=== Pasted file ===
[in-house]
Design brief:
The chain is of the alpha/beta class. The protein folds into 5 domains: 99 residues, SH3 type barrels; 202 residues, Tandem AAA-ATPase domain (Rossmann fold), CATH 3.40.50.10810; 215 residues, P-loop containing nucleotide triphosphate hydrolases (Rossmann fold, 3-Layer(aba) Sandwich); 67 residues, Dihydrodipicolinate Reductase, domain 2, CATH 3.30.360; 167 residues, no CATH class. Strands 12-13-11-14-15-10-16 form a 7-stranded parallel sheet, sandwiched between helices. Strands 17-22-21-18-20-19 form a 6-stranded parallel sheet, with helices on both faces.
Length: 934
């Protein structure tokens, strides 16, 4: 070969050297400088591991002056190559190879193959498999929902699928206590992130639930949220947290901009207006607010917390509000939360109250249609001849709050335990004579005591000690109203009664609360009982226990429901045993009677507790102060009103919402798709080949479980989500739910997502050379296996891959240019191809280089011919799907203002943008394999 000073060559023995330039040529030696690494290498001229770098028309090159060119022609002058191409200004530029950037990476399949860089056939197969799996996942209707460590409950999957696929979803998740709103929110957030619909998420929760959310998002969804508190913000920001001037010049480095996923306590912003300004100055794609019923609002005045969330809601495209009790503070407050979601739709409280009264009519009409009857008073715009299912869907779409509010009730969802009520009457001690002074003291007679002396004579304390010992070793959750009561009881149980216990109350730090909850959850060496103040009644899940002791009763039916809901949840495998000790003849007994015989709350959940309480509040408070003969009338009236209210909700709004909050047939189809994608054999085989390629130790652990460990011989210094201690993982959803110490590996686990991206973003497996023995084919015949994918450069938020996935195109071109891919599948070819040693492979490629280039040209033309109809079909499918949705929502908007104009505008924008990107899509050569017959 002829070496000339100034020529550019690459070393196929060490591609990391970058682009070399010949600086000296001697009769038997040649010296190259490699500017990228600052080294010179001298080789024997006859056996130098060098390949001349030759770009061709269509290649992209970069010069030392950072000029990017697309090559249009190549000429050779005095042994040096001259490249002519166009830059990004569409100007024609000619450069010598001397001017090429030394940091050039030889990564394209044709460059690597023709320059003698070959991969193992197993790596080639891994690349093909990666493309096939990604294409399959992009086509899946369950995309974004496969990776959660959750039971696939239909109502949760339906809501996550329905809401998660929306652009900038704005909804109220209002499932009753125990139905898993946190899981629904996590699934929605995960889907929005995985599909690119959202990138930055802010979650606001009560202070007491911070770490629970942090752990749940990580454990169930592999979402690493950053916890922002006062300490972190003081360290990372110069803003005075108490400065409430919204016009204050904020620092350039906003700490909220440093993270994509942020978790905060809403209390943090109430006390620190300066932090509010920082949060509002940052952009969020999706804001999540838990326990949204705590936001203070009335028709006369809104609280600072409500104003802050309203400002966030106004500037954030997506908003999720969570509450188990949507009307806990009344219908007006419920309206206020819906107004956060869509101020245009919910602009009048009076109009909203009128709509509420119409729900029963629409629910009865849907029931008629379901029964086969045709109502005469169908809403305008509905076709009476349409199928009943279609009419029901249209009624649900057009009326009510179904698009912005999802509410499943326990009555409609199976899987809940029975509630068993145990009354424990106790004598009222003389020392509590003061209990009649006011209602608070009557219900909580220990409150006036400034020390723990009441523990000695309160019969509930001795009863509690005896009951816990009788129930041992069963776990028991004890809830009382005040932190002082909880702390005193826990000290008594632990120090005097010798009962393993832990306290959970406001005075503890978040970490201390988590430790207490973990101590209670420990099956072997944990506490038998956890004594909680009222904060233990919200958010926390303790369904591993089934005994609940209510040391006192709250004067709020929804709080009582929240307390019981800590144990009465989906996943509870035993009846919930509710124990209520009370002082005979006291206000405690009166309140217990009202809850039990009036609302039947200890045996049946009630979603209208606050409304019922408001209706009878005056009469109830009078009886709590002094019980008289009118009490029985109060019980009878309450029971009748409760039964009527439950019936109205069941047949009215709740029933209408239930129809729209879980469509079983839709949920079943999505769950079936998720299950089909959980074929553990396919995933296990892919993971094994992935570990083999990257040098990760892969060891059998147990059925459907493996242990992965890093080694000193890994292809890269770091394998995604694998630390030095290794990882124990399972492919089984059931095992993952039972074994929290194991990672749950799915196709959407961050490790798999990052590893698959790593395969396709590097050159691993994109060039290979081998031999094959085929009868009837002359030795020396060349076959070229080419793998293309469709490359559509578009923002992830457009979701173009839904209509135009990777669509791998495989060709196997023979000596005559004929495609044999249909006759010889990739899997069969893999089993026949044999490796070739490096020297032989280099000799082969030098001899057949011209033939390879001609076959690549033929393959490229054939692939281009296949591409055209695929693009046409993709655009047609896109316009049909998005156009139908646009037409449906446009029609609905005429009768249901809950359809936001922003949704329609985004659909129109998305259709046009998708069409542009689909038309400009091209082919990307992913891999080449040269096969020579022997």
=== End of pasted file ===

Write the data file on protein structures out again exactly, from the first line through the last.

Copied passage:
[in-house]
Design brief:
The chain is of the alpha/beta class. The protein folds into 5 domains: 99 residues, SH3 type barrels; 202 residues, Tandem AAA-ATPase domain (Rossmann fold), CATH 3.40.50.10810; 215 residues, P-loop containing nucleotide triphosphate hydrolases (Rossmann fold, 3-Layer(aba) Sandwich); 67 residues, Dihydrodipicolinate Reductase, domain 2, CATH 3.30.360; 167 residues, no CATH class. Strands 12-13-11-14-15-10-16 form a 7-stranded parallel sheet, sandwiched between helices. Strands 17-22-21-18-20-19 form a 6-stranded parallel sheet, with helices on both faces.
Length: 934
């Protein structure tokens, strides 16, 4: 070969050297400088591991002056190559190879193959498999929902699928206590992130639930949220947290901009207006607010917390509000939360109250249609001849709050335990004579005591000690109203009664609360009982226990429901045993009677507790102060009103919402798709080949479980989500739910997502050379296996891959240019191809280089011919799907203002943008394999 000073060559023995330039040529030696690494290498001229770098028309090159060119022609002058191409200004530029950037990476399949860089056939197969799996996942209707460590409950999957696929979803998740709103929110957030619909998420929760959310998002969804508190913000920001001037010049480095996923306590912003300004100055794609019923609002005045969330809601495209009790503070407050979601739709409280009264009519009409009857008073715009299912869907779409509010009730969802009520009457001690002074003291007679002396004579304390010992070793959750009561009881149980216990109350730090909850959850060496103040009644899940002791009763039916809901949840495998000790003849007994015989709350959940309480509040408070003969009338009236209210909700709004909050047939189809994608054999085989390629130790652990460990011989210094201690993982959803110490590996686990991206973003497996023995084919015949994918450069938020996935195109071109891919599948070819040693492979490629280039040209033309109809079909499918949705929502908007104009505008924008990107899509050569017959 002829070496000339100034020529550019690459070393196929060490591609990391970058682009070399010949600086000296001697009769038997040649010296190259490699500017990228600052080294010179001298080789024997006859056996130098060098390949001349030759770009061709269509290649992209970069010069030392950072000029990017697309090559249009190549000429050779005095042994040096001259490249002519166009830059990004569409100007024609000619450069010598001397001017090429030394940091050039030889990564394209044709460059690597023709320059003698070959991969193992197993790596080639891994690349093909990666493309096939990604294409399959992009086509899946369950995309974004496969990776959660959750039971696939239909109502949760339906809501996550329905809401998660929306652009900038704005909804109220209002499932009753125990139905898993946190899981629904996590699934929605995960889907929005995985599909690119959202990138930055802010979650606001009560202070007491911070770490629970942090752990749940990580454990169930592999979402690493950053916890922002006062300490972190003081360290990372110069803003005075108490400065409430919204016009204050904020620092350039906003700490909220440093993270994509942020978790905060809403209390943090109430006390620190300066932090509010920082949060509002940052952009969020999706804001999540838990326990949204705590936001203070009335028709006369809104609280600072409500104003802050309203400002966030106004500037954030997506908003999720969570509450188990949507009307806990009344219908007006419920309206206020819906107004956060869509101020245009919910602009009048009076109009909203009128709509509420119409729900029963629409629910009865849907029931008629379901029964086969045709109502005469169908809403305008509905076709009476349409199928009943279609009419029901249209009624649900057009009326009510179904698009912005999802509410499943326990009555409609199976899987809940029975509630068993145990009354424990106790004598009222003389020392509590003061209990009649006011209602608070009557219900909580220990409150006036400034020390723990009441523990000695309160019969509930001795009863509690005896009951816990009788129930041992069963776990028991004890809830009382005040932190002082909880702390005193826990000290008594632990120090005097010798009962393993832990306290959970406001005075503890978040970490201390988590430790207490973990101590209670420990099956072997944990506490038998956890004594909680009222904060233990919200958010926390303790369904591993089934005994609940209510040391006192709250004067709020929804709080009582929240307390019981800590144990009465989906996943509870035993009846919930509710124990209520009370002082005979006291206000405690009166309140217990009202809850039990009036609302039947200890045996049946009630979603209208606050409304019922408001209706009878005056009469109830009078009886709590002094019980008289009118009490029985109060019980009878309450029971009748409760039964009527439950019936109205069941047949009215709740029933209408239930129809729209879980469509079983839709949920079943999505769950079936998720299950089909959980074929553990396919995933296990892919993971094994992935570990083999990257040098990760892969060891059998147990059925459907493996242990992965890093080694000193890994292809890269770091394998995604694998630390030095290794990882124990399972492919089984059931095992993952039972074994929290194991990672749950799915196709959407961050490790798999990052590893698959790593395969396709590097050159691993994109060039290979081998031999094959085929009868009837002359030795020396060349076959070229080419793998293309469709490359559509578009923002992830457009979701173009839904209509135009990777669509791998495989060709196997023979000596005559004929495609044999249909006759010889990739899997069969893999089993026949044999490796070739490096020297032989280099000799082969030098001899057949011209033939390879001609076959690549033929393959490229054939692939281009296949591409055209695929693009046409993709655009047609896109316009049909998005156009139908646009037409449906446009029609609905005429009768249901809950359809936001922003949704329609985004659909129109998305259709046009998708069409542009689909038309400009091209082919990307992913891999080449040269096969020579022997």